You could take an online Python course in Coursera. I'm not sure it's the best out there but it's decent reportedly. If you feel a wish to complete the exercises – as in, "damn, I wonder why this doesn't work?! c'mon!", and if you eventually manage to do it (some might be harder than others but everyone's different but you must be able to eventually succeed, right?), then I'd say it's a pretty good predictor.

It's not as hard as it can sound since if it's really not for you then you'll see that you hate it and bail early, and if it's for you in fact then it's not a waste of time to finish the thing...

104. DarkFeb 14, 2013

Hello, Yossi Kreinin,

Interesting article. I was trying to find a suitable profession for me and I believe I'm moving to the right direction. In school I studied biology, chemistry, maths and won first places in maths nationally. I tried to do biochemistry but I did not really like lab work and thus quit that stuff.

I am on my gap year now and I'm doing an intensive study on programming and I find it very difficult(maybe due to the fact that I learn non-stop like 12 hours a day). I completed course by MIT and quite liked it. However, many people claim that you have to find what you love and I don't know whether programming may be a good career for me. I like puzzles, learning in general, I was the only stranger in my class who did read encyclopedias because it was fun. However, I have a really bad trait: I lack persistence and get angry when problem does not budge. That irritates me and I want to throw away everything. I think that's just bad trait I developed over time...

I, as an INTP(if you believe in Meyers-Brigss), did extensive reseach on what is suitable for me and found that problem solving, thinking is suitable for me. Which includes programming, maths, all sciences. Also I'm aspiring to start my own company which may be ambitious for introvert but I believe I'm capable of overcoming my lack of ability to communicate.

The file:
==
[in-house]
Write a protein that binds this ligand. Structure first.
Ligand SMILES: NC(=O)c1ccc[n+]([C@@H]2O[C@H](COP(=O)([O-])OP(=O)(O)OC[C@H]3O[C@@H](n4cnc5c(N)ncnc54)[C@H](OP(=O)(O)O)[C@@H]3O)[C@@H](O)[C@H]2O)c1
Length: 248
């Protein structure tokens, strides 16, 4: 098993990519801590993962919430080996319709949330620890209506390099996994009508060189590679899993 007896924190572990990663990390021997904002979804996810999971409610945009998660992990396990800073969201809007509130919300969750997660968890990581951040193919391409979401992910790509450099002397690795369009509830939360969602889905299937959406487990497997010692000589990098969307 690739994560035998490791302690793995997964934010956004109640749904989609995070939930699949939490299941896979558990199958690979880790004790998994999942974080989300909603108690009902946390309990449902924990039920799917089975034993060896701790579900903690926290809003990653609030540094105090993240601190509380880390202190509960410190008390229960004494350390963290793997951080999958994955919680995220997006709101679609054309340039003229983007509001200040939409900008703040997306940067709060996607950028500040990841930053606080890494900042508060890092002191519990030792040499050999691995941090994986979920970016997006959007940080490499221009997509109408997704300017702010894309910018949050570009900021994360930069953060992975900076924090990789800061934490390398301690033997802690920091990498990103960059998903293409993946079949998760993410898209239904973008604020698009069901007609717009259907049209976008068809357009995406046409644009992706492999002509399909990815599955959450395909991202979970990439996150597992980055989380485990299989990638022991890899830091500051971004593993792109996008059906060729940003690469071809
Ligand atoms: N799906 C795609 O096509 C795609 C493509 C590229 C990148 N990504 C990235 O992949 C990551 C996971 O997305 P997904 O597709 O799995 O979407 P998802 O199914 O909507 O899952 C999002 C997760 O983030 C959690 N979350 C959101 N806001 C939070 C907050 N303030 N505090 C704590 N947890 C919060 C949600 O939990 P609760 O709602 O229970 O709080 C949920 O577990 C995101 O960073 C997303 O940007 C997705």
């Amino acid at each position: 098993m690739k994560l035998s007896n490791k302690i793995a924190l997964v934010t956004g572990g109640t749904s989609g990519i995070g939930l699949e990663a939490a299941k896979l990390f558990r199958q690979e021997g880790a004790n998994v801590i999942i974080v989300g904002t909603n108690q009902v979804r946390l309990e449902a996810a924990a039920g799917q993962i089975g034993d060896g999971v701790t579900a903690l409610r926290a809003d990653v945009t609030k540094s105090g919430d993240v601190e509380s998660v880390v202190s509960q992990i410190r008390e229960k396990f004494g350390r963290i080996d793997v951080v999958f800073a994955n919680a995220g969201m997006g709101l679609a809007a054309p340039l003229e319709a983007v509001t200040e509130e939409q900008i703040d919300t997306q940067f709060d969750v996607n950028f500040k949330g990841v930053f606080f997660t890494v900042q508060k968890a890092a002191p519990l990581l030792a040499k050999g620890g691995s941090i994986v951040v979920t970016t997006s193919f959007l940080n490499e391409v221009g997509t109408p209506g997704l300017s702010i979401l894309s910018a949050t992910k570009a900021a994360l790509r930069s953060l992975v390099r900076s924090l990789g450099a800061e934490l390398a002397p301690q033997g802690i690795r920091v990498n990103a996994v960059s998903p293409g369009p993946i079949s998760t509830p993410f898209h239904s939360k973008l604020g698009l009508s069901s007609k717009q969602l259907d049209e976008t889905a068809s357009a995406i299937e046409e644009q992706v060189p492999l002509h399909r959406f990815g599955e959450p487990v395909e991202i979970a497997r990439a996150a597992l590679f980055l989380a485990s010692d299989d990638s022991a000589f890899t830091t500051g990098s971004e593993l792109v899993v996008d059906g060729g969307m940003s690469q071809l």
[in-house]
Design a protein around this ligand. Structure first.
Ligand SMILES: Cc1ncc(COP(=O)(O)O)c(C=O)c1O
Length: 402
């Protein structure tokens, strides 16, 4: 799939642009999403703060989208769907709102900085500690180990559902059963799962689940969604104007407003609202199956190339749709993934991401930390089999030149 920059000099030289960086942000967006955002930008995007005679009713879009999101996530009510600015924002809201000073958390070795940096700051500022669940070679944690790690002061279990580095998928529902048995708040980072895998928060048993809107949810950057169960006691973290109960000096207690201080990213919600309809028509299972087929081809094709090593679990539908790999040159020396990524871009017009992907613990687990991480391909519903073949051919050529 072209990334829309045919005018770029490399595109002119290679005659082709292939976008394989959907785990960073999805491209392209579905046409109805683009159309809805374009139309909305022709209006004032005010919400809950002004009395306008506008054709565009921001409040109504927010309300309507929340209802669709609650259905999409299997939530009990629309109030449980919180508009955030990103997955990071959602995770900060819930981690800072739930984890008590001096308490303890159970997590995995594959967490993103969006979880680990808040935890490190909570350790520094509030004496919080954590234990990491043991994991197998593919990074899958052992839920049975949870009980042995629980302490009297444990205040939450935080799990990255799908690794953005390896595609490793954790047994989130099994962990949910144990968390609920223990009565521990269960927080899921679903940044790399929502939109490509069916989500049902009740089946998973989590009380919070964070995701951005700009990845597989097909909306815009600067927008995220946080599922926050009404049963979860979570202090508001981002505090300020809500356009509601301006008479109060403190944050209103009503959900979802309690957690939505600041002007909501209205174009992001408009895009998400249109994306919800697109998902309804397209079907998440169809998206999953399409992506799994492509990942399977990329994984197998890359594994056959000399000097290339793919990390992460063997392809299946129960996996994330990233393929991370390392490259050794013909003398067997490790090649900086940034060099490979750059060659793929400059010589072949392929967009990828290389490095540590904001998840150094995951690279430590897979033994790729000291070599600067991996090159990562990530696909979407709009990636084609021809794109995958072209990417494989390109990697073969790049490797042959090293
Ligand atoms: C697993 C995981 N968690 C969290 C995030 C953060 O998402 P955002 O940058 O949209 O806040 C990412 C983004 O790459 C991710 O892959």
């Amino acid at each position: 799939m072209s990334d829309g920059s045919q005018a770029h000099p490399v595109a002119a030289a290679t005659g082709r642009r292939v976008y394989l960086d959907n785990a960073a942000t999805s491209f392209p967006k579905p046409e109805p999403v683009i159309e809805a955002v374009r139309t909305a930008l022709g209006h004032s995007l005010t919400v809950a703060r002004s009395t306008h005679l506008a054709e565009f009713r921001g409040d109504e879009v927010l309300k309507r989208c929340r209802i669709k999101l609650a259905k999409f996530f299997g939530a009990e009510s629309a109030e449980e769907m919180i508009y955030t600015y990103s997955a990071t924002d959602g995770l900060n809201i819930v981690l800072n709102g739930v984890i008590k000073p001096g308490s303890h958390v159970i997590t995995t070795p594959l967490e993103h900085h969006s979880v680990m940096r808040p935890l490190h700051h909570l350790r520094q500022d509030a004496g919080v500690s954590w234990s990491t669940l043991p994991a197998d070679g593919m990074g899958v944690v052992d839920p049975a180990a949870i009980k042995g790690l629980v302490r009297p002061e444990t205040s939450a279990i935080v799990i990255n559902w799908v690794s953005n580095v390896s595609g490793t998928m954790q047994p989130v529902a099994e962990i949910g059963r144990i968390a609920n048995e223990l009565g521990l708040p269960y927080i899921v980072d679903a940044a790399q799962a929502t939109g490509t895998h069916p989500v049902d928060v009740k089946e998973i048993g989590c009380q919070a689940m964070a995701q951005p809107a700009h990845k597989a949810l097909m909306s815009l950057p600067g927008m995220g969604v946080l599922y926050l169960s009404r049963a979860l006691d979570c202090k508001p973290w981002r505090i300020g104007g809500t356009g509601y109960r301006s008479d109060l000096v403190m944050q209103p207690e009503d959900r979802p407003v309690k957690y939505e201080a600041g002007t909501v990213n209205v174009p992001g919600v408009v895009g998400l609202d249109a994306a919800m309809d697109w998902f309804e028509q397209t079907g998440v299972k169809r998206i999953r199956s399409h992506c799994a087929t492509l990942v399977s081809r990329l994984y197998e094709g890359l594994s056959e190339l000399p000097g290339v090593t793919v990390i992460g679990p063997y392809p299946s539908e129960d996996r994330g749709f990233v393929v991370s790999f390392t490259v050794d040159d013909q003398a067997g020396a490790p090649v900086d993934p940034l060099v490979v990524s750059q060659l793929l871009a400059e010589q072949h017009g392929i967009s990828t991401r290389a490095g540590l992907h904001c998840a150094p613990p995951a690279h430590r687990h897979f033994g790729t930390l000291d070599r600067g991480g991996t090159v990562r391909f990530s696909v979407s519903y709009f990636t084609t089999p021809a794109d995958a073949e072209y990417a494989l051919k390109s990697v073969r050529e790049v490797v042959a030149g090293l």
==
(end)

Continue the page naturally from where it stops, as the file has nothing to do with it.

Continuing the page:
As I think now, I can eliminate physics because I like it just for 'extra reading', chemistry( because I loathe the idea of working with that chemicals ). The problem is which burns me a lot: all blogs I read, all successful programmer's traits I researched, seems like the guy started young, like 8 year-old, programmed with Commodor 64, created his first big project when 15 and so on...I was not like that. When I was a child, I used to play games, deconstruct computer and put it back, and read loads of books on variety of topics. Which made me well-rounded...but general knowledge never pays in this world and thus I don't know whether I am capable of handling CS course in one of the top unis in the UK. Now, I learned fundamentals of java and started reading Android books to create some nice stuff: maybe twitter app.

Sorry for long and messy block of text but I would like to hear opinion of every programmer whether it's possible to succeed for me...

Best regards.

105. Yossi KreininFeb 15, 2013

I never programmed until age 17 (I don't count Logo and Pascal that I was "taught" in school); I haven't started my own company or anything, but I'm doing fine, and there's plenty of people like me.

It sounds like you could do well as a programmer; as to picking what you love – I didn't, worked out well. People who loved computing as children actually suffer in the industry sometimes because a lot of the stuff is not lovable and when you expect everything which is part of your job to be extremely enjoyable than reality is much more frustrating than it is when approached with more balanced expectations. I guess persistence is a good trait, though so is "impatience/laziness" since the latter leads you to look for shortcuts that you can often find if you care to look for them; anyway, if you studied for 12 hours systematically, that sounds like more than enough persistence...

If you don't see something more intriguing and/or better paying than programming right now than I think it makes a lot of sense to choose programming (in particular, nothing prevents you from switching to something else and programming is a great thing to switch from, since you can often work part-time for a long time to finance the switching efforts such as learning or low-paying entry-level jobs in the new career that you choose.)

106. BruceMar 2, 2013

"but passion burns out, whereas greed is sustainable" – this entire blog post was quite humorous. Thanks for making my day.

107. Yossi KreininMar 3, 2013

You're welcome :)

108. CraigApr 22, 2013

@Eduardo, that's a crock. How many guys do you think there are in the world than can write a world class physics simulation? How many guys can design and implement a new, cryptographically sound hash algorithm?

The rarity in computer science is in specialization, which probably has broader possibilities than even the medical field when you consider cross-industry domain knowledge. With things like advanced robotics, 3D printing, ubiquitous drones and basically all future scientific breakthroughs being utterly reliant on software, I only see that growing, not shrinking.